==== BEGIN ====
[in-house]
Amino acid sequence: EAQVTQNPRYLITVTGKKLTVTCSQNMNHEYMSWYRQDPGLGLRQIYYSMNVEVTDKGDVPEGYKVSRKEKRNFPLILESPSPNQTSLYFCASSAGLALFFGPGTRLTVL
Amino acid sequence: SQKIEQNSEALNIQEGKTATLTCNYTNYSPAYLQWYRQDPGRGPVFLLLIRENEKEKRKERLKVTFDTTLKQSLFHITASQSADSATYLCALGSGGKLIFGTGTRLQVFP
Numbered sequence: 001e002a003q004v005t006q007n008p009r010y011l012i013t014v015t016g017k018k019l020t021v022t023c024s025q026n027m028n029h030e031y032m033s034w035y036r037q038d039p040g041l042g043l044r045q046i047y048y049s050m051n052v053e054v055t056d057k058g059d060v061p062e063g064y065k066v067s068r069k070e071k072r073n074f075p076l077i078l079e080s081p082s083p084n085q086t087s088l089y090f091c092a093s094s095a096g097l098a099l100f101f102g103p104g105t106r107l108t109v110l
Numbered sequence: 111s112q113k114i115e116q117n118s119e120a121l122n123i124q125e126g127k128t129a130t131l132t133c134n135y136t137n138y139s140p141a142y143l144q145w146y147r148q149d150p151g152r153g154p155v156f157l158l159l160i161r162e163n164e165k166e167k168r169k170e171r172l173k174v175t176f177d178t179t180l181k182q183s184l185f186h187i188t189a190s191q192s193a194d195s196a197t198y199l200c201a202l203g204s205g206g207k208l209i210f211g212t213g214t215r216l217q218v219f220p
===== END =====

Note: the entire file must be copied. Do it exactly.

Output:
[in-house]
Amino acid sequence: EAQVTQNPRYLITVTGKKLTVTCSQNMNHEYMSWYRQDPGLGLRQIYYSMNVEVTDKGDVPEGYKVSRKEKRNFPLILESPSPNQTSLYFCASSAGLALFFGPGTRLTVL
Amino acid sequence: SQKIEQNSEALNIQEGKTATLTCNYTNYSPAYLQWYRQDPGRGPVFLLLIRENEKEKRKERLKVTFDTTLKQSLFHITASQSADSATYLCALGSGGKLIFGTGTRLQVFP
Numbered sequence: 001e002a003q004v005t006q007n008p009r010y011l012i013t014v015t016g017k018k019l020t021v022t023c024s025q026n027m028n029h030e031y032m033s034w035y036r037q038d039p040g041l042g043l044r045q046i047y048y049s050m051n052v053e054v055t056d057k058g059d060v061p062e063g064y065k066v067s068r069k070e071k072r073n074f075p076l077i078l079e080s081p082s083p084n085q086t087s088l089y090f091c092a093s094s095a096g097l098a099l100f101f102g103p104g105t106r107l108t109v110l
Numbered sequence: 111s112q113k114i115e116q117n118s119e120a121l122n123i124q125e126g127k128t129a130t131l132t133c134n135y136t137n138y139s140p141a142y143l144q145w146y147r148q149d150p151g152r153g154p155v156f157l158l159l160i161r162e163n164e165k166e167k168r169k170e171r172l173k174v175t176f177d178t179t180l181k182q183s184l185f186h187i188t189a190s191q192s193a194d195s196a197t198y199l200c201a202l203g204s205g206g207k208l209i210f211g212t213g214t215r216l217q218v219f220p